Definition of cheat the pocket

You can cheat the pocket by angling your shot to go in at the right or left of the pocket opening when sinking a shot. This permits the cue ball to strike the object ball at a different contact point than the most obvious one.

24 Random Essential Billiards Terms

Australian: Defeated with all seven of one's object balls (in blackball or eight-ball) remaining on the table.
A bridge formed by the hand where no finger loops over the shaft of the cue. Typically, the cue stick is channeled by a "v"-shaped groove formed by the thumb and the base of the index finger.
This is a style of play where the player is required to stay on top of all the scoring practices. Scratches and points will disappear if they are not remembered.
When a player is on the receiving end of a devastating safety where it is very difficult or near impossible to make a legal hit on an object ball.
This a shot that hits the object ball at the nine ball to see if you can get lucky by sinking the nine ball in any pocket. (also see Cheese the Nine and Rolling the Cheese).
Name for the ball that when pocketed, wins the game, or any ball that when made results in a payday such as a way in the game of Chicago.
Chiefly British: Short for side spin. In Canadian usage, the term is sometimes used as a verb, "to side".
Oceania Pocket Billiard Association.
In the eight-ball game variant blackball, also known as eight-ball pool, a differently colored but otherwise identical replacement for the red group (i.e., what would be the solids in an American-style pool ball set).
In snooker and British pool, the successful potting of all object balls-on in a single frame.
When a particular ball is given as a handicap in nine-ball, designating that ball in turn means that it must be made in rotation, when it is the lowest numerical ball remaining on the table, and cannot be made to garner a win earlier in the game by way of a combination, carom or any other shot. For example, if a player is spotted the 8 ball, he only wins by making that ball after balls 1 through 7 have been cleared from the table.
The World Confederation of Billiard Sports (WCBS, sometimes called the World Confederation of Billiards Sports) is the international umbrella organization encompassing the major cue sports (billiards-type games), including carom billiards, pool games of several varieties, and snooker. The primary aim of WCBS is to establish billiard-type sports as medal events in as many multiple-sports competitions as possible, on both regional and world levels. The ultimate goal of WCBS is to have billiard sports included in the Olympic Games.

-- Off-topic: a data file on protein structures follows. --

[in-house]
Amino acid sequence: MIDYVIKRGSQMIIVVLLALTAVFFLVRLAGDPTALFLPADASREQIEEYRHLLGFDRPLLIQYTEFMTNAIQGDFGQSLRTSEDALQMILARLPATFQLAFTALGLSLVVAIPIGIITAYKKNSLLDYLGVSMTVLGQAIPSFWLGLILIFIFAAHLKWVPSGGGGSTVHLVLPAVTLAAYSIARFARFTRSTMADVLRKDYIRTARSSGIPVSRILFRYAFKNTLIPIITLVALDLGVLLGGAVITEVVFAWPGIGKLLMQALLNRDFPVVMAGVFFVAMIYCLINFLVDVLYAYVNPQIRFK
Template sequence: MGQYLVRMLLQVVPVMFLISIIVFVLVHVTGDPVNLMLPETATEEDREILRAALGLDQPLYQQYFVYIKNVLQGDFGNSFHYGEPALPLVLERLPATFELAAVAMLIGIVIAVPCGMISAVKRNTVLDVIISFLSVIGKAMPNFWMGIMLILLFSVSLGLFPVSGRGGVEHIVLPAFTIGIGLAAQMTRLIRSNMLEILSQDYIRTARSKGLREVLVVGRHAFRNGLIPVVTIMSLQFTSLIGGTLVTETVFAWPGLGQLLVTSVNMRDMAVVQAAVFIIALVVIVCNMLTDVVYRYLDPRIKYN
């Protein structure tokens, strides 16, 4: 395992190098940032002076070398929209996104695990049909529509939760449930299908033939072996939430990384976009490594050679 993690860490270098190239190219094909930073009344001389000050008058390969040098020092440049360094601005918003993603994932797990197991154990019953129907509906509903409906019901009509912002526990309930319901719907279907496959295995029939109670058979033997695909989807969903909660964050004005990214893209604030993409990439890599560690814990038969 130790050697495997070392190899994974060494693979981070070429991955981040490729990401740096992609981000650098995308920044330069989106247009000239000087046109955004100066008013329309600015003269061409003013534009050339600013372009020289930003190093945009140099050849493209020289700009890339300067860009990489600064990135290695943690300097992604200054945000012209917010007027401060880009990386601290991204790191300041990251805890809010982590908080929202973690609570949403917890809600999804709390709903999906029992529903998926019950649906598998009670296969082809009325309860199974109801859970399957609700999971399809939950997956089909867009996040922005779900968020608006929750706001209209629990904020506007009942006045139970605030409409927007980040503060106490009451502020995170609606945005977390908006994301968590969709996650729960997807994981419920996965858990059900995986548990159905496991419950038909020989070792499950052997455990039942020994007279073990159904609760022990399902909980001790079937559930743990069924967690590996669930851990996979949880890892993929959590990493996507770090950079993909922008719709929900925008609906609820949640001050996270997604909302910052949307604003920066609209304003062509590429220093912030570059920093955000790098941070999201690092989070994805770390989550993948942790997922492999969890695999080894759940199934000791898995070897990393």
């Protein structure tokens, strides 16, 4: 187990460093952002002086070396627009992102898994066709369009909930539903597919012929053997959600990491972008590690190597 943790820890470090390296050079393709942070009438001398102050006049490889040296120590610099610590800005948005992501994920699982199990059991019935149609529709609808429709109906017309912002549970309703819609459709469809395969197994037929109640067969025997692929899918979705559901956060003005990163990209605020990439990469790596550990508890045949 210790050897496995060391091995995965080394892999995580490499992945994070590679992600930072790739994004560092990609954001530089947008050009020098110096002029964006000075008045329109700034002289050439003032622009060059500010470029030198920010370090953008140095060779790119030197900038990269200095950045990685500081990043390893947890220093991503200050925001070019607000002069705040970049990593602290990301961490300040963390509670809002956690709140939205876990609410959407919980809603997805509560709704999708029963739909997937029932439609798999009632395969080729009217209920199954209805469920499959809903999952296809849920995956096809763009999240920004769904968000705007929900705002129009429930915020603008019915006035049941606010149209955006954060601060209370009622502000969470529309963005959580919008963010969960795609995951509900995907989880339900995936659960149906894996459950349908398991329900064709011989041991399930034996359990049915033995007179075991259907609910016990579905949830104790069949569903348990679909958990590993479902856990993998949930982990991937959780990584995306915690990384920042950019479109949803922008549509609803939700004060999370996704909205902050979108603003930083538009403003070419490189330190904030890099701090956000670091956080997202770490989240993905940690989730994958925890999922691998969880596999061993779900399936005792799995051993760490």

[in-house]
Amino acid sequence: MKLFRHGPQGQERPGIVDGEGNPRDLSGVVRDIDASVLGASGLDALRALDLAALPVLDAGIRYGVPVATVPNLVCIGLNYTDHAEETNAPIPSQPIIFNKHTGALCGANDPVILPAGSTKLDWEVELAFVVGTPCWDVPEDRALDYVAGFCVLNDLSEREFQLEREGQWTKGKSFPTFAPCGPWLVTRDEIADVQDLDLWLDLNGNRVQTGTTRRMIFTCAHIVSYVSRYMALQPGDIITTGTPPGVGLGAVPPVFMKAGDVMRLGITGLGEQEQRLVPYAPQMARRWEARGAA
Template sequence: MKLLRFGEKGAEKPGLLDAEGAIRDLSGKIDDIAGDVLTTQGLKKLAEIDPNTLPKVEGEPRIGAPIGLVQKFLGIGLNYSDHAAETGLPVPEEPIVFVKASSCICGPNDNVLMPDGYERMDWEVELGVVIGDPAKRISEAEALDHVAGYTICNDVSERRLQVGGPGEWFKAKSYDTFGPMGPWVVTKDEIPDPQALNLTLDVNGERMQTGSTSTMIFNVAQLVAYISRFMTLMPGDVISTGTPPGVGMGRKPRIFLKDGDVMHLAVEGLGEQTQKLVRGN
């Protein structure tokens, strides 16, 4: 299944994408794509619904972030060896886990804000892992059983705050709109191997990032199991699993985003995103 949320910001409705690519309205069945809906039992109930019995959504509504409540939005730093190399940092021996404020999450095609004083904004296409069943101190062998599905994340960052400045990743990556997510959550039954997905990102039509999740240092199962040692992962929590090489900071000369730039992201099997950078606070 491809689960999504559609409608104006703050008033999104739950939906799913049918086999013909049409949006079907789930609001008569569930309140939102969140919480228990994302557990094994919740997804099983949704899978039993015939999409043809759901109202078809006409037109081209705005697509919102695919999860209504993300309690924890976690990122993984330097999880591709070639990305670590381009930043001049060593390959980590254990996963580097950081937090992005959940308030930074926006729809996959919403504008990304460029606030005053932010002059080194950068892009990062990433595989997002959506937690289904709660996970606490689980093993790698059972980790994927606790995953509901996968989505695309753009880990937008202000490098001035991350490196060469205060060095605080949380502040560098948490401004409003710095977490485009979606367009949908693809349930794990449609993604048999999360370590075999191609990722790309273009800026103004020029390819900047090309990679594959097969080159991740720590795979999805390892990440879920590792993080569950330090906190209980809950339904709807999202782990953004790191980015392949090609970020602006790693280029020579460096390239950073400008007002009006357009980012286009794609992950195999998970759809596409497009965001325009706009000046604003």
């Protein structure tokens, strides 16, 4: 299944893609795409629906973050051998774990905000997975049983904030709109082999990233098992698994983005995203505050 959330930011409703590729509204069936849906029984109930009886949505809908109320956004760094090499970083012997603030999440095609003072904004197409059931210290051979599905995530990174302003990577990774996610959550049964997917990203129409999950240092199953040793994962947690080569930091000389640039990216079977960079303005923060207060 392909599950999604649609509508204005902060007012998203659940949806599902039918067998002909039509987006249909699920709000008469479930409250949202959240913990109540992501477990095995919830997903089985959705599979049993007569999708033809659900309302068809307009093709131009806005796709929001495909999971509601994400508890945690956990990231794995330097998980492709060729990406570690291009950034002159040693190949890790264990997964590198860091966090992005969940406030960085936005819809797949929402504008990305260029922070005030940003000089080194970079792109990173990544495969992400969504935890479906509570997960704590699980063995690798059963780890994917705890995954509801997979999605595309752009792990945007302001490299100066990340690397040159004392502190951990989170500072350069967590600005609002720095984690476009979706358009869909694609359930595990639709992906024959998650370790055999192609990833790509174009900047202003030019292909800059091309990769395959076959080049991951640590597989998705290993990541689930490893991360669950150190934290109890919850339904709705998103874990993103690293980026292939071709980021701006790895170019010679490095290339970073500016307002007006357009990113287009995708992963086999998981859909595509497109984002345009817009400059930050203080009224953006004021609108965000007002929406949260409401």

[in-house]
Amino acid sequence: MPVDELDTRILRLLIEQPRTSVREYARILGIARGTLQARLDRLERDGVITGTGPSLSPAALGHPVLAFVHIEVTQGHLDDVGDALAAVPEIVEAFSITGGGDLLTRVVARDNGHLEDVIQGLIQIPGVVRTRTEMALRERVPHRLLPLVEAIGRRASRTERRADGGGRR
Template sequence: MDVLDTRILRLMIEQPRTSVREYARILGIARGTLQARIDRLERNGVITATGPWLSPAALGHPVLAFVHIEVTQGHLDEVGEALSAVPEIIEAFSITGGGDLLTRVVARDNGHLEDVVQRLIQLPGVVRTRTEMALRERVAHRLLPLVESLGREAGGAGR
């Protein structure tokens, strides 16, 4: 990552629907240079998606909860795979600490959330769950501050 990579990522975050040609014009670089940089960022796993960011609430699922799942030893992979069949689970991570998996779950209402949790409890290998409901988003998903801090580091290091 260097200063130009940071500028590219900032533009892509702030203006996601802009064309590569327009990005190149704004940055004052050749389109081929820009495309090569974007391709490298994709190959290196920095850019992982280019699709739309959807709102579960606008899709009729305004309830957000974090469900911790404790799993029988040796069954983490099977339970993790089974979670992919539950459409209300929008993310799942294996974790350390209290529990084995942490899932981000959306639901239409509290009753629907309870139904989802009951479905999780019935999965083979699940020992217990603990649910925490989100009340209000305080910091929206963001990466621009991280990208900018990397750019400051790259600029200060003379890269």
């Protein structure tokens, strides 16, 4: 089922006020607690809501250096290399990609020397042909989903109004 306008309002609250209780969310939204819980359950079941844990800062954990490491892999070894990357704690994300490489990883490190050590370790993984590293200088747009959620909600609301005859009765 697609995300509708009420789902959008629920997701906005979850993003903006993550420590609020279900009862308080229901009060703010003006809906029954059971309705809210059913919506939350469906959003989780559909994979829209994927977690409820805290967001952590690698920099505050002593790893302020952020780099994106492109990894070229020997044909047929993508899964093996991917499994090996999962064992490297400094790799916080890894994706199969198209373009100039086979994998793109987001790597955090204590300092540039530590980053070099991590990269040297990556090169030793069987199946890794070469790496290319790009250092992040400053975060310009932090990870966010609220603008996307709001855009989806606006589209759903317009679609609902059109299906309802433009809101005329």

This is a kind of cue made of four pieces of wood, the butt sleeve, the points, the handle, and the forearm, with each piece pinned, doweled, and glued together.
Chiefly British: The cushion on the top rail. Compare foot cushion; contrast bottom cushion.
This is a bank in which the object ball hit will cross the path of the cue ball on the way to its destination.
This is when you aim at one particular object ball that is not meant to go in the pocket, but is instead meant to contact another object ball which will continue the combination process or be pocketed.
The first shot in a game - aimed at a set of racked balls.
To execute the first shot in a new game.
In snooker this term can be use to indicate a series of successive shots completed by a single player.
Cueing and timing the balls well; in good form, where pocketing (potting), safety and clarity of thinking seem to come easily.
Chiefly British: Same as duck, and stemming from the same obvious etymology.
See two-shot carry.
A reference to the amount of English applied to the object ball from the cue ball.
Side spin on the cue ball that causes it to roll off a cushion (contacted at an angle) with rather than against the ball's natural momentum and direction of travel. If angling into a rail that is on the right, then running english would be left english, and vice versa. The angle of deflection will be wider than if no english were applied to the cue ball. But more importantly, because the ball is rolling instead of sliding against the rail, the angle will be more consistent. For this reason, running English is routinely used. Also called running side in British terminology. Contrast reverse english.
Same as feather (US) or snick (UK)
Derived from "sitting duck", usually referring to an object ball sitting close to a pocket or so positioned that is virtually impossible to miss. Same as hanger (US, colloquial), sitter (UK).